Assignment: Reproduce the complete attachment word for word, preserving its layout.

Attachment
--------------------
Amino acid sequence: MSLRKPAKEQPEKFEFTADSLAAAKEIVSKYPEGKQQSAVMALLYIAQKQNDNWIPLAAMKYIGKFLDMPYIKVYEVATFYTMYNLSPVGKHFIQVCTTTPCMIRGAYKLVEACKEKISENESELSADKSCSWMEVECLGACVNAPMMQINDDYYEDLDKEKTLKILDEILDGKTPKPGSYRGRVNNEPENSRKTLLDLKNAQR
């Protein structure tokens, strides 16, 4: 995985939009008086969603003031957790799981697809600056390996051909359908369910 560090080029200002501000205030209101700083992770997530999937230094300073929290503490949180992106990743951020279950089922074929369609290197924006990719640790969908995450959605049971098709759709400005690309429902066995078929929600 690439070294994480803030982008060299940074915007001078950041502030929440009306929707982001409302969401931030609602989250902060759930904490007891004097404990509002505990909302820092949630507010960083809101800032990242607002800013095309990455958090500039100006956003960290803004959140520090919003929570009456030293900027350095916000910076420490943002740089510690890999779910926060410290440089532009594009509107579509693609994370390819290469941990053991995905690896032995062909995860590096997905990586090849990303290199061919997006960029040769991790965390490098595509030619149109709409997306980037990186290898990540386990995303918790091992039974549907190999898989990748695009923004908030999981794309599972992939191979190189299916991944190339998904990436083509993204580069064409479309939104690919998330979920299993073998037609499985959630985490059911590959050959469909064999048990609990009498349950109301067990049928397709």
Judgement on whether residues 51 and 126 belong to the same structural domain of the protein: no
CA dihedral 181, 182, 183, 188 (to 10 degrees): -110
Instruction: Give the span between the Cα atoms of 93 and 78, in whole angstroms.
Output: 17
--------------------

Amino acid sequence: MSLRKPAKEQPEKFEFTADSLAAAKEIVSKYPEGKQQSAVMALLYIAQKQNDNWIPLAAMKYIGKFLDMPYIKVYEVATFYTMYNLSPVGKHFIQVCTTTPCMIRGAYKLVEACKEKISENESELSADKSCSWMEVECLGACVNAPMMQINDDYYEDLDKEKTLKILDEILDGKTPKPGSYRGRVNNEPENSRKTLLDLKNAQR
């Protein structure tokens, strides 16, 4: 995985939009008086969603003031957790799981697809600056390996051909359908369910 560090080029200002501000205030209101700083992770997530999937230094300073929290503490949180992106990743951020279950089922074929369609290197924006990719640790969908995450959605049971098709759709400005690309429902066995078929929600 690439070294994480803030982008060299940074915007001078950041502030929440009306929707982001409302969401931030609602989250902060759930904490007891004097404990509002505990909302820092949630507010960083809101800032990242607002800013095309990455958090500039100006956003960290803004959140520090919003929570009456030293900027350095916000910076420490943002740089510690890999779910926060410290440089532009594009509107579509693609994370390819290469941990053991995905690896032995062909995860590096997905990586090849990303290199061919997006960029040769991790965390490098595509030619149109709409997306980037990186290898990540386990995303918790091992039974549907190999898989990748695009923004908030999981794309599972992939191979190189299916991944190339998904990436083509993204580069064409479309939104690919998330979920299993073998037609499985959630985490059911590959050959469909064999048990609990009498349950109301067990049928397709």
Judgement on whether residues 51 and 126 belong to the same structural domain of the protein: no
CA dihedral 181, 182, 183, 188 (to 10 degrees): -110
Instruction: Give the span between the Cα atoms of 93 and 78, in whole angstroms.
Output: 17